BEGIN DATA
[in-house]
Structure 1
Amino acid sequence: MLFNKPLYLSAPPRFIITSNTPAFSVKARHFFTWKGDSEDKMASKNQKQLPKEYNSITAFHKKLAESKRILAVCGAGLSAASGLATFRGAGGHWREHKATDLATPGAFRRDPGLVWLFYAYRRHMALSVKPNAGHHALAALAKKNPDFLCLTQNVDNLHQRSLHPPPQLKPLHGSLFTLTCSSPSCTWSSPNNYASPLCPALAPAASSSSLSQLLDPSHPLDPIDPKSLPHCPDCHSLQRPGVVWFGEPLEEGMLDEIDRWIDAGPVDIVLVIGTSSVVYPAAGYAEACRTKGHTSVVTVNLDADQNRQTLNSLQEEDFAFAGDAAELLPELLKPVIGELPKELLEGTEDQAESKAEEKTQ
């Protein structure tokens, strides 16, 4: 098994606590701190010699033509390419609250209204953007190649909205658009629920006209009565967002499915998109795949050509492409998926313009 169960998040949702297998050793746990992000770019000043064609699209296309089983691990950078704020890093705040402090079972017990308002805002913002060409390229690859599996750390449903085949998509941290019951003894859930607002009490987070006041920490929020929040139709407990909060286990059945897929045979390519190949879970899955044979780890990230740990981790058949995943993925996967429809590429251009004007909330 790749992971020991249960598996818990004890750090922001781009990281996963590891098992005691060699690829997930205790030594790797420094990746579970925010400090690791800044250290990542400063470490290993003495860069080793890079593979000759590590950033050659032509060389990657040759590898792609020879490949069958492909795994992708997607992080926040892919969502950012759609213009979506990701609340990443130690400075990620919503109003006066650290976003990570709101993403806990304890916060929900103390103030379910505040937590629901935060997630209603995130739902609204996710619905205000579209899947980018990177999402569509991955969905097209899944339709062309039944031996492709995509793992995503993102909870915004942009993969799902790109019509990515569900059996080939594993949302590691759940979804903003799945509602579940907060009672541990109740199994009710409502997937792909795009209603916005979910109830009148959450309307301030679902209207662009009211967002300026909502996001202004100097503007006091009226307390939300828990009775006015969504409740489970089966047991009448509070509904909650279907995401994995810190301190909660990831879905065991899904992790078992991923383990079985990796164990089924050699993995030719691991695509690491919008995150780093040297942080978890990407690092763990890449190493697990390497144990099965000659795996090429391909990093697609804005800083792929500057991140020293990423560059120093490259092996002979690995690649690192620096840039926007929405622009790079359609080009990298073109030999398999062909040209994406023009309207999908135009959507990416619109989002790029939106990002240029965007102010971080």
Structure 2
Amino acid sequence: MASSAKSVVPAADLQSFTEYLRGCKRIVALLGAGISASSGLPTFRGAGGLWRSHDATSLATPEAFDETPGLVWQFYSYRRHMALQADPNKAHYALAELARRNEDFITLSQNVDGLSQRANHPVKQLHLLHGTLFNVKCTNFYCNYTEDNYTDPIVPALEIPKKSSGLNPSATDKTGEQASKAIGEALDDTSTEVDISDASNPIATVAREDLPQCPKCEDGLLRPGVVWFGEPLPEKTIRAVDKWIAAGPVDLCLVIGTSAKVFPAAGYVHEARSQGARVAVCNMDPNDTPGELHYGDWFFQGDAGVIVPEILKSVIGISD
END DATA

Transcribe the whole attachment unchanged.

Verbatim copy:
[in-house]
Structure 1
Amino acid sequence: MLFNKPLYLSAPPRFIITSNTPAFSVKARHFFTWKGDSEDKMASKNQKQLPKEYNSITAFHKKLAESKRILAVCGAGLSAASGLATFRGAGGHWREHKATDLATPGAFRRDPGLVWLFYAYRRHMALSVKPNAGHHALAALAKKNPDFLCLTQNVDNLHQRSLHPPPQLKPLHGSLFTLTCSSPSCTWSSPNNYASPLCPALAPAASSSSLSQLLDPSHPLDPIDPKSLPHCPDCHSLQRPGVVWFGEPLEEGMLDEIDRWIDAGPVDIVLVIGTSSVVYPAAGYAEACRTKGHTSVVTVNLDADQNRQTLNSLQEEDFAFAGDAAELLPELLKPVIGELPKELLEGTEDQAESKAEEKTQ
């Protein structure tokens, strides 16, 4: 098994606590701190010699033509390419609250209204953007190649909205658009629920006209009565967002499915998109795949050509492409998926313009 169960998040949702297998050793746990992000770019000043064609699209296309089983691990950078704020890093705040402090079972017990308002805002913002060409390229690859599996750390449903085949998509941290019951003894859930607002009490987070006041920490929020929040139709407990909060286990059945897929045979390519190949879970899955044979780890990230740990981790058949995943993925996967429809590429251009004007909330 790749992971020991249960598996818990004890750090922001781009990281996963590891098992005691060699690829997930205790030594790797420094990746579970925010400090690791800044250290990542400063470490290993003495860069080793890079593979000759590590950033050659032509060389990657040759590898792609020879490949069958492909795994992708997607992080926040892919969502950012759609213009979506990701609340990443130690400075990620919503109003006066650290976003990570709101993403806990304890916060929900103390103030379910505040937590629901935060997630209603995130739902609204996710619905205000579209899947980018990177999402569509991955969905097209899944339709062309039944031996492709995509793992995503993102909870915004942009993969799902790109019509990515569900059996080939594993949302590691759940979804903003799945509602579940907060009672541990109740199994009710409502997937792909795009209603916005979910109830009148959450309307301030679902209207662009009211967002300026909502996001202004100097503007006091009226307390939300828990009775006015969504409740489970089966047991009448509070509904909650279907995401994995810190301190909660990831879905065991899904992790078992991923383990079985990796164990089924050699993995030719691991695509690491919008995150780093040297942080978890990407690092763990890449190493697990390497144990099965000659795996090429391909990093697609804005800083792929500057991140020293990423560059120093490259092996002979690995690649690192620096840039926007929405622009790079359609080009990298073109030999398999062909040209994406023009309207999908135009959507990416619109989002790029939106990002240029965007102010971080």
Structure 2
Amino acid sequence: MASSAKSVVPAADLQSFTEYLRGCKRIVALLGAGISASSGLPTFRGAGGLWRSHDATSLATPEAFDETPGLVWQFYSYRRHMALQADPNKAHYALAELARRNEDFITLSQNVDGLSQRANHPVKQLHLLHGTLFNVKCTNFYCNYTEDNYTDPIVPALEIPKKSSGLNPSATDKTGEQASKAIGEALDDTSTEVDISDASNPIATVAREDLPQCPKCEDGLLRPGVVWFGEPLPEKTIRAVDKWIAAGPVDLCLVIGTSAKVFPAAGYVHEARSQGARVAVCNMDPNDTPGELHYGDWFFQGDAGVIVPEILKSVIGISD